Whistleblower inquiry: Garda chief will not be asked to stand aside

Government sources say support for Nóirín O’Sullivan reliant on outcome of inquiry

Garda Commissioner Nóirín O’Sullivan:  Has faced renewed calls to stand aside during  inquiry. Photograph: Eric Luke

Garda Commissioner Nóirín O’Sullivan: Has faced renewed calls to stand aside during inquiry. Photograph: Eric Luke

 

The Government will not ask Garda Commissioner Nóirín O’Sullivan to stand aside from her position, despite being the subject of a statutory inquiry.

Minister for Justice Frances Fitzgerald has confirmed she will launch a commission of investigation into allegations that Ms O’Sullivan and former Garda commissioner Martin Callinan engaged in a campaign of harassment against whistleblower Sgt Maurice McCabe.

The allegations were contained in a protected disclosure by Sgt McCabe and former head of the Garda Press Office Supt David Taylor.

Supt Taylor alleged he was instructed by senior Garda management to discredit whistleblower Sgt McCabe by spreading rumours about his professional and personal life.

The commission, which will be chaired by Supreme Court judge Mr Justice Peter Charleton, will assess whether Ms O’Sullivan and Mr Callinan instructed Supt Taylor to spread false allegations about Sgt McCabe.

It will also investigate whether they had any knowledge of the attempt to undermine Sgt McCabe, who had made allegations of Garda mismanagement in the Cavan/Monaghan district.

The commission will investigate the extent to which the media and persons of influence, including elected representatives, were briefed on such claims.

Mr Callinan and Ms O’Sullivan have both strongly rejected the allegations and insist they had no knowledge or involvement in the undermining of Sgt McCabe.

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The commissioner has faced renewed calls to stand aside while the inquiry is under way.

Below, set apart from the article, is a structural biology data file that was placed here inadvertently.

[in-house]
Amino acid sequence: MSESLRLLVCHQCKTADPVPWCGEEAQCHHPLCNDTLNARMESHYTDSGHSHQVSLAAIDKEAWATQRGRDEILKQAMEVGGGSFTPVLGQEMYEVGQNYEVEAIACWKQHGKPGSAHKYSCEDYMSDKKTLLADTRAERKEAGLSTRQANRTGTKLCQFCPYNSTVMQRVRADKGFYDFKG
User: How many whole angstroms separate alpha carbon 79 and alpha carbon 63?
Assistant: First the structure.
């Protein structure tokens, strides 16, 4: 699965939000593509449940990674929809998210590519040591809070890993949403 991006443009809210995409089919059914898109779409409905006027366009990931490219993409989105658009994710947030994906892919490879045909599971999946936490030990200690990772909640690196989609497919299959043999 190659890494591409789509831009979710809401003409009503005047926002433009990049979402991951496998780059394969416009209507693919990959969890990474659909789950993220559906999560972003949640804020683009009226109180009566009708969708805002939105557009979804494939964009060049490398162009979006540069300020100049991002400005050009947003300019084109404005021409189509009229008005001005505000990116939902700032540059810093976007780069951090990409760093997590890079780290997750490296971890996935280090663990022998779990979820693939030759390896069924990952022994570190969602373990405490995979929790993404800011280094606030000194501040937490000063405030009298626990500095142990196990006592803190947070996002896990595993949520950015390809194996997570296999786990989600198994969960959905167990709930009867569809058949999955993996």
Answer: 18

Being removed

A spokesman for the Government confirmed there was no question of Ms O’Sullivan being removed from her position.

However, Government sources said their support was reliant on the outcome of the commission of inquiry.

“If there is a finding of fact made against the commissioner we will have to examine that and decide how to proceed.”

Ms Fitzgerald instructed Mr Justice Iarlaith O’Neill to examine the allegations of Supt Taylor and Sgt McCabe last year and he reported to her on December 7th.

A redacted version of the report will be published today with an outline of the terms of reference for the statutory inquiry.

Ms Fitzgerald briefed her Cabinet colleagues on the matter on Tuesday and urged Ministers not to make any public comment until the report was laid before the House.

‘The way forward’

Speaking to the media on Tuesday, Ms Fitzgerald said she would accept Mr O’Neill’s proposals in their entirety. She said: “There is no prima facie case against anyone. I will be laying before the House a draft order establishing the commission of investigation.

“The judge has recommended that this is the way forward .I will be accepting his recommendations in full and his terms of reference in full.”

In a statement, An Garda Síochána welcomed the commission, which it would “co-operate fully with” so the “truth and facts are established”.

Fianna Fail spokesman on justice Jim O’Callaghan said his party would not support calls for Ms O’Sullivan to stand aside.

Mr O’Callaghan said the commissioner and the whistleblowers were entitled to a thorough investigation.

Independent TDs Clare Daly and Mick Wallace have said the commissioner must step down while the inquiry is ongoing.

It is understood neither whistleblower was informed of the inquiry until after it was announced by the commissioner.

The investigation will have a nine-month deadline and a budget of €1.2 million.